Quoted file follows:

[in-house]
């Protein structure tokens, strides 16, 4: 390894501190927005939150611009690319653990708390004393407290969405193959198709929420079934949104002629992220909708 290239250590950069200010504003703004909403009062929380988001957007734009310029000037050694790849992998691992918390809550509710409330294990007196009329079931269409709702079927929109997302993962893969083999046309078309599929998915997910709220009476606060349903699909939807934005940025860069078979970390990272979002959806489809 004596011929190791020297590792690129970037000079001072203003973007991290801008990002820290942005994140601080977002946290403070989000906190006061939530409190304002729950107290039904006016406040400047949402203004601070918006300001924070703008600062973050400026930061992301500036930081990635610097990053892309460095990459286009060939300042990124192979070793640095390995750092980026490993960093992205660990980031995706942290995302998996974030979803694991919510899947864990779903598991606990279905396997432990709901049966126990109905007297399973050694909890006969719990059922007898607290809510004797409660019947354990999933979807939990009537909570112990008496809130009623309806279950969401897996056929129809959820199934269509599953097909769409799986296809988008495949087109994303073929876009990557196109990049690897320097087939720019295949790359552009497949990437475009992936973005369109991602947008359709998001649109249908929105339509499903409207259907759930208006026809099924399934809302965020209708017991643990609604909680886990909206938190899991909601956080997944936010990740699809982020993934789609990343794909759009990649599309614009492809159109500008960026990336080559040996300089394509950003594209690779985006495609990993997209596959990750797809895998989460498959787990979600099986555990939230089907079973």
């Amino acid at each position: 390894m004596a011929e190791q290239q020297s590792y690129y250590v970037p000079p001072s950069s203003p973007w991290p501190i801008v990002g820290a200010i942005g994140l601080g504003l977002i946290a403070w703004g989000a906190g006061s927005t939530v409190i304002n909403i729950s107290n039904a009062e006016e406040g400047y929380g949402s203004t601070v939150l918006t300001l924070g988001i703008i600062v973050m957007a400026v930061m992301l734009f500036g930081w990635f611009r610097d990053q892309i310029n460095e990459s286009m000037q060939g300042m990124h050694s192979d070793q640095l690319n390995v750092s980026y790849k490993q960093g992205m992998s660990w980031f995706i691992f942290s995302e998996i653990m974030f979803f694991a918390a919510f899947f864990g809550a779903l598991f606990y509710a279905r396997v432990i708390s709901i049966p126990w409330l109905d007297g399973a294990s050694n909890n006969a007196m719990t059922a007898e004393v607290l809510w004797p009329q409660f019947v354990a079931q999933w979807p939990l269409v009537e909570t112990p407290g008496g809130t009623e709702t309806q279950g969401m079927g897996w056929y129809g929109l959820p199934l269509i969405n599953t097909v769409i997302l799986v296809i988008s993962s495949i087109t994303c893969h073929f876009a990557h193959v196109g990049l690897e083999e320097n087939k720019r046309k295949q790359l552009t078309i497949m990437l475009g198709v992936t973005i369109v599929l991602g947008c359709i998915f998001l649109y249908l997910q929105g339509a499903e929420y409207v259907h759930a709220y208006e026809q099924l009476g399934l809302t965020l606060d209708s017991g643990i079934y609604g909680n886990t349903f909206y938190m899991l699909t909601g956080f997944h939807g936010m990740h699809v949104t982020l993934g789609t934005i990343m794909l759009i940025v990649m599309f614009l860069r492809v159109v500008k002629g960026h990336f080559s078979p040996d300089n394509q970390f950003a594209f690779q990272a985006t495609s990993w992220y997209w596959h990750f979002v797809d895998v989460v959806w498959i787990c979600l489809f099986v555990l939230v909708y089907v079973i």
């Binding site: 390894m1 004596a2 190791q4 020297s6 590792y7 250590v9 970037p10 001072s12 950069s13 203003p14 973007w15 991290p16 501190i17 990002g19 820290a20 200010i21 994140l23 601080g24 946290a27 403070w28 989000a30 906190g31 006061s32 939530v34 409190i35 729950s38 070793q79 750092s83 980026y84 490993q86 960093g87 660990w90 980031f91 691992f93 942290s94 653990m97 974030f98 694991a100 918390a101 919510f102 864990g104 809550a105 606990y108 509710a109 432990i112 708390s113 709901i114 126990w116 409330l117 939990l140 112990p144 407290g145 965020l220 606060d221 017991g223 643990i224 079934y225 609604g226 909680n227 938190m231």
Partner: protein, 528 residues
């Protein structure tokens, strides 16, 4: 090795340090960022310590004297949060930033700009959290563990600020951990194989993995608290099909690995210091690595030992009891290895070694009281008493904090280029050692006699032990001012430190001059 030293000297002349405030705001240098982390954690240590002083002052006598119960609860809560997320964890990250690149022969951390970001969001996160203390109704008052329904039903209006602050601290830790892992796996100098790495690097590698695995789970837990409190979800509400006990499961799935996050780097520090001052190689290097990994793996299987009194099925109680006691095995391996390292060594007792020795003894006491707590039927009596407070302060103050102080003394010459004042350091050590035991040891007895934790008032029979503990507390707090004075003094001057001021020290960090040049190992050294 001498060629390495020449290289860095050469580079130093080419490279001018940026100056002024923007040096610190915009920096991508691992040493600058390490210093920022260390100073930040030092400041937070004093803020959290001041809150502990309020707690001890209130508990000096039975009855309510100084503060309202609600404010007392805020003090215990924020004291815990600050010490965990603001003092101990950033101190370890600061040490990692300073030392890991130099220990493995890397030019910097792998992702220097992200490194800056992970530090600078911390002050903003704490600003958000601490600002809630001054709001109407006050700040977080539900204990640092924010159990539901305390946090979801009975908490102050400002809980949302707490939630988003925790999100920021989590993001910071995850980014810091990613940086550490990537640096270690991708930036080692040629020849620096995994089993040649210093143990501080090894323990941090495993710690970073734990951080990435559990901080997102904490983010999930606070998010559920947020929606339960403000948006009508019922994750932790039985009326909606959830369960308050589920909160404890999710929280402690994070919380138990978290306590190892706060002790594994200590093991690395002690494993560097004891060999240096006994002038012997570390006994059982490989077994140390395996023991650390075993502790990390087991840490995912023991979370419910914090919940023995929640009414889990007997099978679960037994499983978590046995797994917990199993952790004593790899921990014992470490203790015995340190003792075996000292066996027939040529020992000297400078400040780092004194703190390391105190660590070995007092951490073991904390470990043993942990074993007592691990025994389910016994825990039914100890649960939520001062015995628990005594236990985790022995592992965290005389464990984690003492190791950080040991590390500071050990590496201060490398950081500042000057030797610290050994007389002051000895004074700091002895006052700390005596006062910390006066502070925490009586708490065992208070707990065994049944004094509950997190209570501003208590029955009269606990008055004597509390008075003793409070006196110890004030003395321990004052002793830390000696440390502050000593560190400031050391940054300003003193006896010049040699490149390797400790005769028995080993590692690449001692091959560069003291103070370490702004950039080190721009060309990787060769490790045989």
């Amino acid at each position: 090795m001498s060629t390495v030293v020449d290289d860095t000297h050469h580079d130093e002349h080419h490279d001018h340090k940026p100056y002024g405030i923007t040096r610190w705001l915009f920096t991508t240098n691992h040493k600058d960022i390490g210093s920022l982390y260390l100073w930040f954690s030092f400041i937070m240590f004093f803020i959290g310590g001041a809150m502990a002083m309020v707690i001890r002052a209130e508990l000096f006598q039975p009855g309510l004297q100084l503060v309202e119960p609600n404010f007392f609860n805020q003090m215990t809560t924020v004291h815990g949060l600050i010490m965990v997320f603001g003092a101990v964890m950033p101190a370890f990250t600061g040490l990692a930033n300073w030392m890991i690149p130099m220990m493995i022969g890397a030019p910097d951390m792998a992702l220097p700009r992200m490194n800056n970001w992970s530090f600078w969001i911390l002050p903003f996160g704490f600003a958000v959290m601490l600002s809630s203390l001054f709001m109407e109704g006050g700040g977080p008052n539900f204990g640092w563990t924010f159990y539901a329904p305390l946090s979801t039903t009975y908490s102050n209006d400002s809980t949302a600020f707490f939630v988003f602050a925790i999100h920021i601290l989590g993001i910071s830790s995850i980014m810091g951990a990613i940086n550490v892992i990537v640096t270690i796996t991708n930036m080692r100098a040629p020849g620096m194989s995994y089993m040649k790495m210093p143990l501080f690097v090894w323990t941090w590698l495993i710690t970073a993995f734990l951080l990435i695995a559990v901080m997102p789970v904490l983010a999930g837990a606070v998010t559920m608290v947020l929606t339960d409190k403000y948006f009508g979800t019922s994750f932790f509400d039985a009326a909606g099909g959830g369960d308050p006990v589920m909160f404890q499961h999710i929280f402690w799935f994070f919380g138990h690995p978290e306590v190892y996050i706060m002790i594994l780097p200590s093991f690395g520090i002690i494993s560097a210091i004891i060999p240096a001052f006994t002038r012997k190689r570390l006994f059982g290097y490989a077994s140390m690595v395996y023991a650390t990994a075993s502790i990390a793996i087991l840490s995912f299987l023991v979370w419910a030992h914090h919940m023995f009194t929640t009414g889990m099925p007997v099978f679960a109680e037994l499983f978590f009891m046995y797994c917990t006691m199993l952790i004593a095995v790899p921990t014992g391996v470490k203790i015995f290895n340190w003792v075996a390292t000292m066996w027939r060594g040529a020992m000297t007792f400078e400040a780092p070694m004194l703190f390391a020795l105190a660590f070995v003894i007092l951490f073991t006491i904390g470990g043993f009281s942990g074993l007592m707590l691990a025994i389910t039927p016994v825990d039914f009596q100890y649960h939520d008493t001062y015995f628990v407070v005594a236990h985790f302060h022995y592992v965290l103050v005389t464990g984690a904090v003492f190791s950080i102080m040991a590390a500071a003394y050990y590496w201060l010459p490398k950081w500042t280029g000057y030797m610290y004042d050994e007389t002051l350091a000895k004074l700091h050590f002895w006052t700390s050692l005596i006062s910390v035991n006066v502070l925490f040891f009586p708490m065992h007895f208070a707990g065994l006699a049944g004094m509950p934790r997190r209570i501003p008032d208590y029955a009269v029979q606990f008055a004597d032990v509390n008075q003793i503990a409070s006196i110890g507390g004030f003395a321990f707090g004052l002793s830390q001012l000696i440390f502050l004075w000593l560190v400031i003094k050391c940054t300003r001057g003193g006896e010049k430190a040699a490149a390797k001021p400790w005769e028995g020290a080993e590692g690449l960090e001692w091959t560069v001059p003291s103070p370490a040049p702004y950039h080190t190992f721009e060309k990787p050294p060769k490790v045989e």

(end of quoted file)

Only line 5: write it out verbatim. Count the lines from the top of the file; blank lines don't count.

Partner: protein, 528 residues